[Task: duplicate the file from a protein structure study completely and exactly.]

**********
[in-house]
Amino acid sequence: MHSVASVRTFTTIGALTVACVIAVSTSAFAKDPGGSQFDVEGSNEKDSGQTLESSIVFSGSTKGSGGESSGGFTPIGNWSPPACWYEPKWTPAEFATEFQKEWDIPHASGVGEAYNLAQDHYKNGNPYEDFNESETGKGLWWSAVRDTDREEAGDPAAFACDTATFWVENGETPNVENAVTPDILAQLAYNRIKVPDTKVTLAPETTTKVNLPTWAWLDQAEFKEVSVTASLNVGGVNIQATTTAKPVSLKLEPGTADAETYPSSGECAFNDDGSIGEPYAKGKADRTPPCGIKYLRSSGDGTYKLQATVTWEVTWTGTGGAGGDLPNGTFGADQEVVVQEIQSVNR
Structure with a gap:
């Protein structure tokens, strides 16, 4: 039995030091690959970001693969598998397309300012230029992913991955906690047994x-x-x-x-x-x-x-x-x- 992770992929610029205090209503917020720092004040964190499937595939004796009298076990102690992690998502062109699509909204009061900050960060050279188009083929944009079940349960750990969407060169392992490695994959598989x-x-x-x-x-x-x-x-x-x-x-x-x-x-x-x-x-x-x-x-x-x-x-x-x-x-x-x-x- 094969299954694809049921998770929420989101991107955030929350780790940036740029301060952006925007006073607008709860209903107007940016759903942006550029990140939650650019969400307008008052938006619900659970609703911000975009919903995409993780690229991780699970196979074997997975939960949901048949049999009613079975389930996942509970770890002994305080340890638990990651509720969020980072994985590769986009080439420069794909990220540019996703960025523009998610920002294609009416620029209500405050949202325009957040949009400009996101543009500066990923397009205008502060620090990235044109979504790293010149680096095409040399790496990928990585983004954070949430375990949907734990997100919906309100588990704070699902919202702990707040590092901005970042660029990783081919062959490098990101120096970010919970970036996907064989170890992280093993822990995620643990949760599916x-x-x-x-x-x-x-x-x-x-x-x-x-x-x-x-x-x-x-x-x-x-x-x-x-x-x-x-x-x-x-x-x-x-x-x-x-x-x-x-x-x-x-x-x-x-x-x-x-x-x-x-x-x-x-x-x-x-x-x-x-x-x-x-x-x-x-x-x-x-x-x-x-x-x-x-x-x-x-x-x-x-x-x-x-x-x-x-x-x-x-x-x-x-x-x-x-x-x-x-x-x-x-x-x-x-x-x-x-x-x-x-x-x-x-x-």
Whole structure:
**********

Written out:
[in-house]
Amino acid sequence: MHSVASVRTFTTIGALTVACVIAVSTSAFAKDPGGSQFDVEGSNEKDSGQTLESSIVFSGSTKGSGGESSGGFTPIGNWSPPACWYEPKWTPAEFATEFQKEWDIPHASGVGEAYNLAQDHYKNGNPYEDFNESETGKGLWWSAVRDTDREEAGDPAAFACDTATFWVENGETPNVENAVTPDILAQLAYNRIKVPDTKVTLAPETTTKVNLPTWAWLDQAEFKEVSVTASLNVGGVNIQATTTAKPVSLKLEPGTADAETYPSSGECAFNDDGSIGEPYAKGKADRTPPCGIKYLRSSGDGTYKLQATVTWEVTWTGTGGAGGDLPNGTFGADQEVVVQEIQSVNR
Structure with a gap:
């Protein structure tokens, strides 16, 4: 039995030091690959970001693969598998397309300012230029992913991955906690047994x-x-x-x-x-x-x-x-x- 992770992929610029205090209503917020720092004040964190499937595939004796009298076990102690992690998502062109699509909204009061900050960060050279188009083929944009079940349960750990969407060169392992490695994959598989x-x-x-x-x-x-x-x-x-x-x-x-x-x-x-x-x-x-x-x-x-x-x-x-x-x-x-x-x- 094969299954694809049921998770929420989101991107955030929350780790940036740029301060952006925007006073607008709860209903107007940016759903942006550029990140939650650019969400307008008052938006619900659970609703911000975009919903995409993780690229991780699970196979074997997975939960949901048949049999009613079975389930996942509970770890002994305080340890638990990651509720969020980072994985590769986009080439420069794909990220540019996703960025523009998610920002294609009416620029209500405050949202325009957040949009400009996101543009500066990923397009205008502060620090990235044109979504790293010149680096095409040399790496990928990585983004954070949430375990949907734990997100919906309100588990704070699902919202702990707040590092901005970042660029990783081919062959490098990101120096970010919970970036996907064989170890992280093993822990995620643990949760599916x-x-x-x-x-x-x-x-x-x-x-x-x-x-x-x-x-x-x-x-x-x-x-x-x-x-x-x-x-x-x-x-x-x-x-x-x-x-x-x-x-x-x-x-x-x-x-x-x-x-x-x-x-x-x-x-x-x-x-x-x-x-x-x-x-x-x-x-x-x-x-x-x-x-x-x-x-x-x-x-x-x-x-x-x-x-x-x-x-x-x-x-x-x-x-x-x-x-x-x-x-x-x-x-x-x-x-x-x-x-x-x-x-x-x-x-």
Whole structure: